• Similarly for B and C.

• Cik = jAij Bjk.

• Output Cikdepends on the ith row of A, that is, Aijfor all j, and the kth column of B, that is, Bjkfor all j.

Column k

Row i

=

A

B

C

• Important fact: If a reducer covers outputs Cik and Cfg, then it also covers Cig and Cfk.

• Why? This reducer has all of rows i and f of A as inputs and also has all of columns k and g of B as inputs.

• Thus, it has all the inputs it needs to cover Cigand Cfk.

• Generalizing: Each reducer covers all the outputs in the “rectangle” defined by a set of rows and a set of columns of matrix C.

• If a reducer gets q inputs, it gets q/n rows or columns.

• Maximize the number of outputs covered by making the input “square.”

• I.e., #rows = #columns.

• q/2n rows and q/2n columns yield q2/4n2 outputs covered.

• Total outputs = n2.

• One reducer can cover at most q2/4n2outputs.

• Therefore, 4n4/q2 reducers.

• 4n4/q total inputs to all the reducers, divided by 2n2 total inputs = 2n2/q replication rate.

• Example: If q = 2n2, one reducer suffices and the replication rate is r = 1.

• Example: If q = 2n (minimum possible), then r = n.

• Divide rows of the first matrix into g groups of n/g rows each.

• Also divide the columns of the second matrix into g groups of n/g columns each.

• g2 reducers, each with q = 2n2/g inputs consisting of a group of rows and a group of columns.

• r = g = 2n2/q.

n/g

n/g

=

• A better way: use two map-reduce jobs.

• Job 1: Divide both input matrices into rectangles.

• Reducer takes two rectangles and produces partial sums of certain outputs.

• Job 2: Sum the partial sums.

K

K

J

J

I

I

A

B

C

For i in I and k in K, contribution

is j in J Aij × Bjk

• Divide the rows of the first matrix A into g groups of n/g rows each.

• Divide the columns of A into 2g groups of n/2g.

• Divide the rows of the second matrix B into 2g groups of n/2g rows each.

• Divide the columns of B into g groups of n/g.

• Important point: the groups of columns for A and rows for B must have indices that match.

• Reducers correspond to an n/g by n/2g rectangle in A (with row indices I, column indices J) and an n/2g by n/g rectangle in B (with row indices J and column indices K).

• Call this reducer (I,J,K).

• Important point: there is one set of indices J that plays two roles.

• Needed so only rectangles that need to be multiplied are given a reducer.

K

K

J

n/2g

J

I

n/g

n/g

I

n/g

n/g

n/2g

A

B

C

2g reducers contribute to

this area, one for each J.

• Convention: i, j, k are individual rows and/or column numbers, which are members of groups I, J, and K, respectively.

• Mappers Job 1:

• Aij -> key = (I,J,K) for any group K; value = (A,i,j,Aij).

• Bjk-> key = (I,J,K) for any group I; value = (B,j,k,Bjk).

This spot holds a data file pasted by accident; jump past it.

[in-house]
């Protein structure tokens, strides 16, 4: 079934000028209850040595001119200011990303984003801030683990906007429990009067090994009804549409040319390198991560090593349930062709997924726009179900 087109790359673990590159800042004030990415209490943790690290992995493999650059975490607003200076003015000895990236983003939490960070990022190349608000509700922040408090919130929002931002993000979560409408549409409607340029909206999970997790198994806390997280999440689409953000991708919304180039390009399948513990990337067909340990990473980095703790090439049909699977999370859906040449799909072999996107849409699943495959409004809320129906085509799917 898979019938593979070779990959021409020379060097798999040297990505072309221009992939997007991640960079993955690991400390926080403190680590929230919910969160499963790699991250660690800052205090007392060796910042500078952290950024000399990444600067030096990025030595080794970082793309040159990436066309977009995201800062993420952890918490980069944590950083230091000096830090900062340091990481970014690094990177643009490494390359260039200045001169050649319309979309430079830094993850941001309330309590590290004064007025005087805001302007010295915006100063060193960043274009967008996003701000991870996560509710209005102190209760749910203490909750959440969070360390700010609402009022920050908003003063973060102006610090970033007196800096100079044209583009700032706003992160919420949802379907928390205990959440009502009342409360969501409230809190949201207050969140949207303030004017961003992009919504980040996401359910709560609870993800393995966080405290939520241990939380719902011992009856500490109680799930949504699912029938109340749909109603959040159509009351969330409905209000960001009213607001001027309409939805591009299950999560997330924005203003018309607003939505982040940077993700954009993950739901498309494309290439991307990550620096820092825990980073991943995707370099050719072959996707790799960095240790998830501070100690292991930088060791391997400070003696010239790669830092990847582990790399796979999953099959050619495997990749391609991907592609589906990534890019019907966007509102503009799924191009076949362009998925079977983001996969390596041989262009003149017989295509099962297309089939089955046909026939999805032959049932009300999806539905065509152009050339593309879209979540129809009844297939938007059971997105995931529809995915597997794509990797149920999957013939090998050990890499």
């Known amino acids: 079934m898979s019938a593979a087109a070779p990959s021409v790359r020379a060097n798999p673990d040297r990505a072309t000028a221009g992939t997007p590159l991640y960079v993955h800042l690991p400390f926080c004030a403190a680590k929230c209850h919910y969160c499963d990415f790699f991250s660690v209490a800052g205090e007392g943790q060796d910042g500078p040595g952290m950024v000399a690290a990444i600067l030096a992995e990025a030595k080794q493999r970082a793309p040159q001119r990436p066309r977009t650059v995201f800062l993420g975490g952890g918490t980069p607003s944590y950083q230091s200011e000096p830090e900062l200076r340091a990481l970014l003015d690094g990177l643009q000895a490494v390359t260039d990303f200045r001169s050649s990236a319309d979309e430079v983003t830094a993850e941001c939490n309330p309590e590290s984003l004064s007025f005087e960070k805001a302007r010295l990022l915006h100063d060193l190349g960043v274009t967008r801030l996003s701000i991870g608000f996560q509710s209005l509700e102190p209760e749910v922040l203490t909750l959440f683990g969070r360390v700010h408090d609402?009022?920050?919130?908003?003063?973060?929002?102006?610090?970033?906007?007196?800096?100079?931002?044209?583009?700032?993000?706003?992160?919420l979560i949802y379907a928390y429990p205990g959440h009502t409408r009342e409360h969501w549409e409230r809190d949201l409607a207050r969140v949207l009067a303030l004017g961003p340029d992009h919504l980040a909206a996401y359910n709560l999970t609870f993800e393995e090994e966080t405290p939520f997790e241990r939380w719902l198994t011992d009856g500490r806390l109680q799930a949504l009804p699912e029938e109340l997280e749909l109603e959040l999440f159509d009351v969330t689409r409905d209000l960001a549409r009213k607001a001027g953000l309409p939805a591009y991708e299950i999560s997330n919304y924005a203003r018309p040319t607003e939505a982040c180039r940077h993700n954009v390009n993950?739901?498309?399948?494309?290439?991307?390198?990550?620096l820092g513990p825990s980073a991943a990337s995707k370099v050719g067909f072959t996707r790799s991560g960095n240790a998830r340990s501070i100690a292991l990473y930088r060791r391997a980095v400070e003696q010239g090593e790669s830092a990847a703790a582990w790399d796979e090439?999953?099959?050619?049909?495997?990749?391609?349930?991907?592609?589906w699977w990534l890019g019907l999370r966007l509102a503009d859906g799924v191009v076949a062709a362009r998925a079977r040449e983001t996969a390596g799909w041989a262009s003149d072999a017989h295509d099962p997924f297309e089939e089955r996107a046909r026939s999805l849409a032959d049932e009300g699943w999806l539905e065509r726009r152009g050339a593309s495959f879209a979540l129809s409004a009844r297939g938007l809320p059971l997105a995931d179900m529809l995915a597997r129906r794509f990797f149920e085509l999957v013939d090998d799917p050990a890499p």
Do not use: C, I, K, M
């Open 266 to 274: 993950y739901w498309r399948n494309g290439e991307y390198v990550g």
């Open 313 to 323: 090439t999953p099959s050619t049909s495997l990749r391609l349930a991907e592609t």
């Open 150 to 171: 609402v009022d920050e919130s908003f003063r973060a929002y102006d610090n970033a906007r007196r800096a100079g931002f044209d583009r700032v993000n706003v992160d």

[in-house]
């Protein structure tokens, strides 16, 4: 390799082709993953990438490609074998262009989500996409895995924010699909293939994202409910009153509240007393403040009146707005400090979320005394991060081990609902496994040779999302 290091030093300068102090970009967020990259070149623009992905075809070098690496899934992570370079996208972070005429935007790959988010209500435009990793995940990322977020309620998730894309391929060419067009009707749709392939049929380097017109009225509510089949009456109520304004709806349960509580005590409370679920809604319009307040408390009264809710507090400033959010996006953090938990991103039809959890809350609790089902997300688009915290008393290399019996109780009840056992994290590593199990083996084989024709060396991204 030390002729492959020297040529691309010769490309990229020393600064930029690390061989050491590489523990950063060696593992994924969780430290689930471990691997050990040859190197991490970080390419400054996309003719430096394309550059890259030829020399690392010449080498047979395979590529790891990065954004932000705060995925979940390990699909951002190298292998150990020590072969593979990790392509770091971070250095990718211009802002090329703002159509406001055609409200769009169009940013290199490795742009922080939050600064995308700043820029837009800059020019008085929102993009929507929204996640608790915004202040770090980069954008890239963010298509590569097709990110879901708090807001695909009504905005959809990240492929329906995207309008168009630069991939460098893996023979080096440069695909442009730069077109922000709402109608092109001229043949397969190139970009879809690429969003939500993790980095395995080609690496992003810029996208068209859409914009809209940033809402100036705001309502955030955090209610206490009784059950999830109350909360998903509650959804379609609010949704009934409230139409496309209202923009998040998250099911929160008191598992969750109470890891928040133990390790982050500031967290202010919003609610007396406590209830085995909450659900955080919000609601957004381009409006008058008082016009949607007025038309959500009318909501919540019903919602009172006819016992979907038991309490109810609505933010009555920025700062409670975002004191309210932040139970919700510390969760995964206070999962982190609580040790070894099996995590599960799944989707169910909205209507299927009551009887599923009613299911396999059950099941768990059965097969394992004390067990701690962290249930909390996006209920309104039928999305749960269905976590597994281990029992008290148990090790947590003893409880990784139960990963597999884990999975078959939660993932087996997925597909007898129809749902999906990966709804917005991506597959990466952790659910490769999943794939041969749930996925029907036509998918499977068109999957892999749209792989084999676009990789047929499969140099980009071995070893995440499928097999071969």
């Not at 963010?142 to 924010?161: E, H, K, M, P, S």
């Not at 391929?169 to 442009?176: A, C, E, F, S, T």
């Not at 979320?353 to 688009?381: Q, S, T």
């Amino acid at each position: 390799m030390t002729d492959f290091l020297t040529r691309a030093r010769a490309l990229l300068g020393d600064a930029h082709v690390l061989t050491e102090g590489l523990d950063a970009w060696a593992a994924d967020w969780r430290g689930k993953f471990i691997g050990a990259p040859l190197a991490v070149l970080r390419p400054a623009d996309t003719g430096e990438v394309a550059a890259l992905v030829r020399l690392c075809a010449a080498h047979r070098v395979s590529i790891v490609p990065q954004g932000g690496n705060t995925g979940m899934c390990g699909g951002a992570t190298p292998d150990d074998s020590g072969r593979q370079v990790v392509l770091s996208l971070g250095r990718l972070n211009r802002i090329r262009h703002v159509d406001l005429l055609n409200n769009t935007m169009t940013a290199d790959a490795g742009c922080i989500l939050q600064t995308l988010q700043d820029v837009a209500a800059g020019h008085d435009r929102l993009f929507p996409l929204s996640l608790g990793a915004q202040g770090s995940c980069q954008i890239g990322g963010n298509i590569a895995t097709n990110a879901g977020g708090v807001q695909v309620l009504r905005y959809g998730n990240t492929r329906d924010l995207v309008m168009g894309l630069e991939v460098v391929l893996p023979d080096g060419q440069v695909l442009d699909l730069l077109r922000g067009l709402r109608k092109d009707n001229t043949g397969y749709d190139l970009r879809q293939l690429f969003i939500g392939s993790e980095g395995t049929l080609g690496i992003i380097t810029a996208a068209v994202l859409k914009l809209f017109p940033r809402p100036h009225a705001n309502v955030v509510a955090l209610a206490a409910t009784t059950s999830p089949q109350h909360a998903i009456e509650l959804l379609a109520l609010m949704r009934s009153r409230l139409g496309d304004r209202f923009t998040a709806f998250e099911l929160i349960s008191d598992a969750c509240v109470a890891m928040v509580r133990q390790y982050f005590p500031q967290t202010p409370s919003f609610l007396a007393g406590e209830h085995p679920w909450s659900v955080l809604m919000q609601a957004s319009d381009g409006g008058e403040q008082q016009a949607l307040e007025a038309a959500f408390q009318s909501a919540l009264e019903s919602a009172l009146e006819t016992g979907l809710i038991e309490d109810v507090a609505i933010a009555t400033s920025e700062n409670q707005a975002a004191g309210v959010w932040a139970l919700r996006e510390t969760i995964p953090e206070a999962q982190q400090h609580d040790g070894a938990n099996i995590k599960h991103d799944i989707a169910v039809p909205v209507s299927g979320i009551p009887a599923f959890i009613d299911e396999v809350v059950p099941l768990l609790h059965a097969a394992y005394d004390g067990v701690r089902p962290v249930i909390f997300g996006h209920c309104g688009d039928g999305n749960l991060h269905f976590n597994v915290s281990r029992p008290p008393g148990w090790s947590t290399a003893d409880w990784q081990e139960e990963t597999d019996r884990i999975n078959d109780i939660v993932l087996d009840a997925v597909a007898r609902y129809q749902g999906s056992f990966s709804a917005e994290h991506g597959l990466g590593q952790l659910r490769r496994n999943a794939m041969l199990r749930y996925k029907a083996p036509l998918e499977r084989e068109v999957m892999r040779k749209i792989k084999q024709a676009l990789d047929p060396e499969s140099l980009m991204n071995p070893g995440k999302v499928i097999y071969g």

• Reducers Job 1: For key (I,J,K) produce xiJk = j in J Aij Bjk for all i in I and k in K.

• Mappers Job 2: xiJk -> key = (i,k), value = xiJk.

• Reducers Job 2: For key (i,k), produce output Cik = J xiJk.

• The two methods (one or two map-reduce jobs) essentially do the same computation.

• Every Aij is multiplied once with every Bjk.

• All terms in the sum for Cik are added together somewhere, only once.

• One-job method: r = 2n2/q; there are 2n2 inputs, so total communication = 4n4/q.

• Two-job method with parameter g:

Job 2: Communication = (2g)(n2/g2)(g2) = 2n2g.

Number of reducers

contributing to

each output

Number of output squares

Area of each square

• Job 1 communication:

• 2n2 input elements.

• Each generates g key-value pairs.

• So another 2n2g.

• Total communication = 4n2g.

• Reducer size q = (2)(n2/2g2) = n2/g2.

• So g = n/q.

• Total communication = 4n3/q.

• Compares favorably with 4n4/q for the one-job approach.

• Represent problems by mapping schemas

• Get upper bounds on number of covered outputs as a function of reducer size.

• Turn these into lower bounds on replication rate as a function of reducer size.

• For HD = 1 and all-pairs problems: exact match between upper and lower bounds.

• 1-job matrix multiplication analyzed exactly.

• But 2-job MM yields better total communication.

• Get matching upper and lower bounds for the Hamming-distance problem for distances greater than 1.

• Ugly fact: For HD=1, you cannot have a large reducer with all pairs at distance 1; for HD=2, it is possible.

• Consider all inputs of weight 1 and length b.

• Give an algorithm that takes an input-output mapping and a reducer size q, and gives a mapping schema with the smallest replication rate.

• Is the problem even tractable?

• A recent extension by Afrati, Dolev, Korach, Sharma, and U. lets inputs have weights, and the reducer size limits the sum of the weights of the inputs received.

• What can be extended to this model?